We can also breathe a sigh of relief that Sony has (mostly) avoided the usual proprietary cable connections of its compacts, instead fitting the NEX bodies with standard mini USB and mini HDMI ports behind flaps on the left side. Like the latest Alphas, there's no AV output to standard definition TVs, so it's HD-only in Sony's world, and unfortunately there's no standard microphone input either, but there is at least an external microphone accessory, more of which later. We're also pleased to report the NEX cameras feature card slots which can take either Memory Stick PRO Duo or SD media, including the latest SDXC versions and wireless Eye-Fi cards; ironically the dual-format nature of the slot means inserting Sony's own slightly smaller Memory Stick PRO Duo cards can be fiddly, but we're just happy to be able to use SD too.

The card slot is located in the battery compartment, with both the NEX-3 and NEX-5 using an NP-FW50 Info Lithium pack which reports the remaining battery life on-screen as an accurate percentage alongside the usual bar icons. Sony claims the battery is good for 330 images under CIPA conditions, although as always you may burn through it quicker depending on use. We got close to the target with just under 300 still images from a fresh charge (albeit none with the flash), including several minutes of video and plenty of playback on-screen.

Sony Alpha NEX-3 / NEX-5 controls

 

While Sony's NEX bodies are a triumph of miniaturisation and industrial design, their control systems may leave some owners scratching their heads. To keep things really simple for its target audience, there's no mode dial and only the bare minimum of buttons. On the top right surface you'll find the shutter release, power switch (approximately one second to startup), playback and movie record buttons, while on the back are a control wheel and two unlabelled buttons. That's it, although at least the absence of a mode dial means there's no chance of accidentally turning it during transportation.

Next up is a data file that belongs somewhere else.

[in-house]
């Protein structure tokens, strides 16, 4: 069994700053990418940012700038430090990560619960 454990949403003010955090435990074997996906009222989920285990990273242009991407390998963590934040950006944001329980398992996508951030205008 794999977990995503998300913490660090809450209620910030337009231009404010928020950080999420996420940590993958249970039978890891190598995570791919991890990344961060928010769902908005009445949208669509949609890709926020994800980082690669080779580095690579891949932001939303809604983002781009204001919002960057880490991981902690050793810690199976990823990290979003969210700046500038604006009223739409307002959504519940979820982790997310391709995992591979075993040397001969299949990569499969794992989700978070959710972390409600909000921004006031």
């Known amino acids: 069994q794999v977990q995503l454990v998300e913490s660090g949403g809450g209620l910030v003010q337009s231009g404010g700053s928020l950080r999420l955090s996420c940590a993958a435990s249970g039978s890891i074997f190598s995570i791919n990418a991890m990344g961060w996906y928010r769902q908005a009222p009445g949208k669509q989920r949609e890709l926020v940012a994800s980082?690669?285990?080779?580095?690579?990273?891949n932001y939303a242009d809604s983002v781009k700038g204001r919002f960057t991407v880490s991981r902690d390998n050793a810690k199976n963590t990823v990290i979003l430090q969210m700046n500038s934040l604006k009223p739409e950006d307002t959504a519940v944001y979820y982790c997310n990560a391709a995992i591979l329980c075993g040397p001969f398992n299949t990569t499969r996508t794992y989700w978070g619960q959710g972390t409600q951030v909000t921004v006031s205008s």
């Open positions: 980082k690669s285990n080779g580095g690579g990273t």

With the camera powered-off, you'll understandably wonder where the menu button is, but switch it on and you'll see the two unlabelled buttons on the rear acting as soft-keys, with their current function – along with that of the control wheel and its centre button – indicated on-screen. This has the potential for great flexibility, not to mention customisation, but again Sony's opted to keep things simple. Indeed for the vast majority of the time when shooting, the top button is configured to access the menu (or go back a step), while the bottom one is dedicated to context-sensitive tips. Indeed it can be quite a shock when you notice one of them actually change to offer something else.